Once at the summit, everyone finds a spot to sit or stand and we all wait in anticipation for the sunrise. Most guides will produce mats of some sort for you and your group to sit on and there is a small shelter with picnic tables to sit at. Looking out across the massive Batur Caldera, you will have views of Mt Agung as you watch the sun rise just to the left of it.

Sun rising beside Mt Agung.

Unfortunately for my sunrise, most of it was obstructed by clouds that began to roll in just as the sun began to rise. While this wasn’t ideal it did make for some pretty unique pictures!

After the main event, every group is fed a basic breakfast of warm banana sandwich and a hard boiled egg, cooked from the volcanoes steam.

Our group was the last to be fed as all the tour guides share the cooking facilities and have to wait their turn. Though we waited a bit longer, in the end this worked to our benefit. All the other groups had began their decent and by the time we were ready to go, we had the peak of the volcano and the trail to ourselves. The clouds hanging low over our heads began to clear up resulting in the best views we’d encountered and with half the crowd!

Hikers on the other side of the crater rim.

Hikers on the other side of the crater rim.

The Descent

On the way down, we stopped off at the sub-peak to peer down into the massive crater. We had fun taking pictures of the monkey troop that lives on the volcano but had to be careful as they like to steal stuff!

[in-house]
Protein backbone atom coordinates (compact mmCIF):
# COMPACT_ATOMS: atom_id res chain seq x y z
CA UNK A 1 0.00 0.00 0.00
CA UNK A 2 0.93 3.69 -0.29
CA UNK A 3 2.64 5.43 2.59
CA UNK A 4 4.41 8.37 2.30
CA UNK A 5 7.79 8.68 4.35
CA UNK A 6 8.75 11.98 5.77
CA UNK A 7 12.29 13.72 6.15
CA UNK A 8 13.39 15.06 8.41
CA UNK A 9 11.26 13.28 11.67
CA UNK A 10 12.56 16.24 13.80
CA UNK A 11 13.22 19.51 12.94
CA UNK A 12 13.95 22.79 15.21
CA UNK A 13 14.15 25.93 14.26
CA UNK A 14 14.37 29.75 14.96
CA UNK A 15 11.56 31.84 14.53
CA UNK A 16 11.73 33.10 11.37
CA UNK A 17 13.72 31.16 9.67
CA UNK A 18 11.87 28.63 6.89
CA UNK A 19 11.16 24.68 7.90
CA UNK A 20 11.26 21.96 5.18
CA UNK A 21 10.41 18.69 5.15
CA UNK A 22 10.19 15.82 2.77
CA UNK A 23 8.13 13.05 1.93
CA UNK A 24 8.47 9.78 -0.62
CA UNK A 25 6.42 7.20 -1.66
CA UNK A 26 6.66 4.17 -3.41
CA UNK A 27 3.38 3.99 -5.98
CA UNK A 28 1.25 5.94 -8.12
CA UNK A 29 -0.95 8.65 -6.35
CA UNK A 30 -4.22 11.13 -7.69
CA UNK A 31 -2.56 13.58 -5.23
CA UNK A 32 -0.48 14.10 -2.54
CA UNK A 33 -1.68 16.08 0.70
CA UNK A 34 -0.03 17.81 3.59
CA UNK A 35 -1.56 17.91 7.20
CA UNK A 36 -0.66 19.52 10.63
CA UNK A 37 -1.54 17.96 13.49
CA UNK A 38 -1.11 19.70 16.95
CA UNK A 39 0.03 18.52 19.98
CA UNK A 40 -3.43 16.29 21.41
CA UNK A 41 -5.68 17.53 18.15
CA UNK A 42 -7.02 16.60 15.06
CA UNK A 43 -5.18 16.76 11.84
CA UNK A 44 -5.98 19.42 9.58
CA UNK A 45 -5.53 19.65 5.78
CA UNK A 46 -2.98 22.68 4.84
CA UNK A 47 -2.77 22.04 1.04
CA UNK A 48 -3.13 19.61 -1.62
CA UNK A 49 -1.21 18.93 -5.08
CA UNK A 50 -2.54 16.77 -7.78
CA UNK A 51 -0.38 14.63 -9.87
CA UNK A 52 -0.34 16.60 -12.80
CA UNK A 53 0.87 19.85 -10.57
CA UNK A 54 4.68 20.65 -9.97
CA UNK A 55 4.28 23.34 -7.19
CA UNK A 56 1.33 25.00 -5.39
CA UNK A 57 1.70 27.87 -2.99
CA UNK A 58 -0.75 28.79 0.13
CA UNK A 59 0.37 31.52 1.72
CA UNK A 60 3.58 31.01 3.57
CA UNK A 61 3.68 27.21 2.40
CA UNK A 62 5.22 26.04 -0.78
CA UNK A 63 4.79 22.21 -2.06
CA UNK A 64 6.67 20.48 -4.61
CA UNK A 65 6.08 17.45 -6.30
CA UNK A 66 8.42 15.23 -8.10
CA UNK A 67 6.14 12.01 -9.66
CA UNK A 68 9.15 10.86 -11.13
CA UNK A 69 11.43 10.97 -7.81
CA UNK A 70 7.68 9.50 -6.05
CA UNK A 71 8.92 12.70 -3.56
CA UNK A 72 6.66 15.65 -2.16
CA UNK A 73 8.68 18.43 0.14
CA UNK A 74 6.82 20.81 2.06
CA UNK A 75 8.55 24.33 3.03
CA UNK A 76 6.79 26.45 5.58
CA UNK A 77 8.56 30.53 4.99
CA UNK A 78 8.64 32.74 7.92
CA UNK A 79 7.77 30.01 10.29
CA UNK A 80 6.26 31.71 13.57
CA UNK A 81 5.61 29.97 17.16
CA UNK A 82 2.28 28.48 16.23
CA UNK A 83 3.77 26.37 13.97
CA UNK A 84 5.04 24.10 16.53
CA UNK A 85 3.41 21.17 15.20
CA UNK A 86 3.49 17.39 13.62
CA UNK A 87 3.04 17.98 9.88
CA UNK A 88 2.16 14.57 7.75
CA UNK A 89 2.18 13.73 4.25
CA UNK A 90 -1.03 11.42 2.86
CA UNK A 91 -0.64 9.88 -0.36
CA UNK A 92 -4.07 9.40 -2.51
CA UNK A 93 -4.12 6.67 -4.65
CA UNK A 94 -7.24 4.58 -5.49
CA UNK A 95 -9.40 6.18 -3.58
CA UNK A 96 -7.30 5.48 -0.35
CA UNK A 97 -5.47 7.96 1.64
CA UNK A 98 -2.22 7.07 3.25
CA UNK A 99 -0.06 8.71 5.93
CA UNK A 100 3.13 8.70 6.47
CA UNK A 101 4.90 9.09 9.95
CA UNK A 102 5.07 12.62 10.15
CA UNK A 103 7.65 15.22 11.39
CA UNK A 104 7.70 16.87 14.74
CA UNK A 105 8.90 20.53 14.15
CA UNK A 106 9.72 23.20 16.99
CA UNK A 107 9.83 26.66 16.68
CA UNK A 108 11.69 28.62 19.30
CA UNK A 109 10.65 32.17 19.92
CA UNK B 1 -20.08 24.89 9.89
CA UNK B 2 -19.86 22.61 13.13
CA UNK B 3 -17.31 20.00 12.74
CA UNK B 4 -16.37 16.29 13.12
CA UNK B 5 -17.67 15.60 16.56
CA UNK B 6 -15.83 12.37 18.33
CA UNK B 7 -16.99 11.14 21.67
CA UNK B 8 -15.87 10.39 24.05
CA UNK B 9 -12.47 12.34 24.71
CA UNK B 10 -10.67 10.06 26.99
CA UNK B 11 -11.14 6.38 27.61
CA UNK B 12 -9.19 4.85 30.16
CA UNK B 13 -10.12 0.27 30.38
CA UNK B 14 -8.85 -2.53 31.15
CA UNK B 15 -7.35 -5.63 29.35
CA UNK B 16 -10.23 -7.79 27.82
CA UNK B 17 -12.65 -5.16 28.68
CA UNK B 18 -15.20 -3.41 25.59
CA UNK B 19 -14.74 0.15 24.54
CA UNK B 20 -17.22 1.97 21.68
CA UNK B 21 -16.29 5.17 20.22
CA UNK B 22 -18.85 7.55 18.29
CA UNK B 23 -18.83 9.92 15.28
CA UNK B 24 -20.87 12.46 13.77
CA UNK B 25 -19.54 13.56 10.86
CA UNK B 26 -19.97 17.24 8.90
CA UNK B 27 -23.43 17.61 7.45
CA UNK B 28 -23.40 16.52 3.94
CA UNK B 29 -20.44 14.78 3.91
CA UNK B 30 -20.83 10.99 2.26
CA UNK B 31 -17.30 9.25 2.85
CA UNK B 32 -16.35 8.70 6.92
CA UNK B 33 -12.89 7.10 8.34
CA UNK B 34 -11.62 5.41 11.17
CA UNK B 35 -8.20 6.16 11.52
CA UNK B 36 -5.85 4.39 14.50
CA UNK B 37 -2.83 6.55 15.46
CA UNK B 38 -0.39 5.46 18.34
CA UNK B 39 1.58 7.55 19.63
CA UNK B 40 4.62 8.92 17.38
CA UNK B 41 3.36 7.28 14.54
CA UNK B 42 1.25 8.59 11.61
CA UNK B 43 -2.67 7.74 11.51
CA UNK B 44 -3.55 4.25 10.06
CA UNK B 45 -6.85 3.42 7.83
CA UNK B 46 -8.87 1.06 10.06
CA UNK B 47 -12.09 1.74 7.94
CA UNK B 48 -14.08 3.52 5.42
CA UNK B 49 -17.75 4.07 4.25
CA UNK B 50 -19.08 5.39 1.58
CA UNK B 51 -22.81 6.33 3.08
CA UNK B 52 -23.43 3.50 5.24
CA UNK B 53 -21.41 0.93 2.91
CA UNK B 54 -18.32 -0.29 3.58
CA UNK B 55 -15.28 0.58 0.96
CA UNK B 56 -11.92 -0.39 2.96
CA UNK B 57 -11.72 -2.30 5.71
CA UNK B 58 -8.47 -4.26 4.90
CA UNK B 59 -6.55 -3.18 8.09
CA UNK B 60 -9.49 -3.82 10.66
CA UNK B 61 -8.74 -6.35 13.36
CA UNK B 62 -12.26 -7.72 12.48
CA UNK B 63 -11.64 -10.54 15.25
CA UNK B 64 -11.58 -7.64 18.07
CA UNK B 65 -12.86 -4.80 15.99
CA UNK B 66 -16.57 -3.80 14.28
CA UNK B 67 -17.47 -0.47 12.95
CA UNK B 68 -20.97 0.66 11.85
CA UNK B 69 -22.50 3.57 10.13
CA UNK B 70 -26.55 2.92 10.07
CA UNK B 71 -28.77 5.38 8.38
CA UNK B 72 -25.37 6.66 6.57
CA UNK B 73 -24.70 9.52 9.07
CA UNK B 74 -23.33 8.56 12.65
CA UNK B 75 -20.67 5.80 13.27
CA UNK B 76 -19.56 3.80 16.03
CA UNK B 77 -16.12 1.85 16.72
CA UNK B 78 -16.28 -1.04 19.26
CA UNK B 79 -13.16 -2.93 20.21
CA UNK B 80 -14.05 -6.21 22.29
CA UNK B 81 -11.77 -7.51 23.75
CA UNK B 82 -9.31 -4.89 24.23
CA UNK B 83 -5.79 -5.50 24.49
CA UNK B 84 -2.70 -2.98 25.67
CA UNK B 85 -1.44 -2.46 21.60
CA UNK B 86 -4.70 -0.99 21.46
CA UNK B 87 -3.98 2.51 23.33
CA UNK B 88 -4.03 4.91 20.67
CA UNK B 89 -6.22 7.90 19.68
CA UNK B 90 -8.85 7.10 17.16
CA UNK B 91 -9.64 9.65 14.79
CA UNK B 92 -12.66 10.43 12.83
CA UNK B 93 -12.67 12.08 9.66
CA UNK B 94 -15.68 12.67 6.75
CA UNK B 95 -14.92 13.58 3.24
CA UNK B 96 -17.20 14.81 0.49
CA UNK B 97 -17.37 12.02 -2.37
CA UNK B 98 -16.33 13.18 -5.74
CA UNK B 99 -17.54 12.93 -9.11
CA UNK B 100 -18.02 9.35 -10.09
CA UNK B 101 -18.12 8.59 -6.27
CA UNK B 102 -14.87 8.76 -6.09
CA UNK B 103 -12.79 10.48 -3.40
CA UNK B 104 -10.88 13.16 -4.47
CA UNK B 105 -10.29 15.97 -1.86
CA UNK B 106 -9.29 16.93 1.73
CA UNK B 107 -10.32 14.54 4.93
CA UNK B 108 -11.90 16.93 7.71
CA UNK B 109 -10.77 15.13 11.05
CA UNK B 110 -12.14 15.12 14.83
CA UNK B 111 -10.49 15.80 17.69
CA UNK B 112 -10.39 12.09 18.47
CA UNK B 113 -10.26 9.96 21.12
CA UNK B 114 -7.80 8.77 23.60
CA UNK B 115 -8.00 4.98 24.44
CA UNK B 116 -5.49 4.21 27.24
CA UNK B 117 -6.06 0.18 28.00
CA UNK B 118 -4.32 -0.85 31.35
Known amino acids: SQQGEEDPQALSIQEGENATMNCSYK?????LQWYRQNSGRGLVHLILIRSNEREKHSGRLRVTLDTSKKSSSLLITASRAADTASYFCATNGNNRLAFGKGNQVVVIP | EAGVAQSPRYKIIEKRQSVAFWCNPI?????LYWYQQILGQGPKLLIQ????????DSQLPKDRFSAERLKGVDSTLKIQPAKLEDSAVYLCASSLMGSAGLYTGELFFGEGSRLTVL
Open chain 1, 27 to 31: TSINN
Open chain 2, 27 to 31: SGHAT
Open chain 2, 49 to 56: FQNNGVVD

We were able to do a short hike down into the crater to see the steam rising and glimpse into a large cave that’s home to a sacred shrine (we were not aloud to enter).

From there we hiked back down the volcano and enjoyed incredible views of the massive caldera and lake, Danau Batur, the largest crater lake on the island of Bali. Looking out across Danau Batur we could see Mt Agung and many other smaller volcanic peaks.

Once back at the starting point, bathrooms were available and there were a few vendors selling drinks and snacks. I didn’t think twice about purchasing a fresh coconut as a well deserved treat!

With the hike at its end, everyone plied back into their vehicles and were driven back to their guest houses in Ubud, arriving around 11 am.

View of Mt Batur.

Tips On What To Bring

Food: Bring some of your own snacks. You do get fed 2 basic breakfasts but after doing such a strenuous hike, you’ll be hungry for a bit more, especially once you’re finished the hike.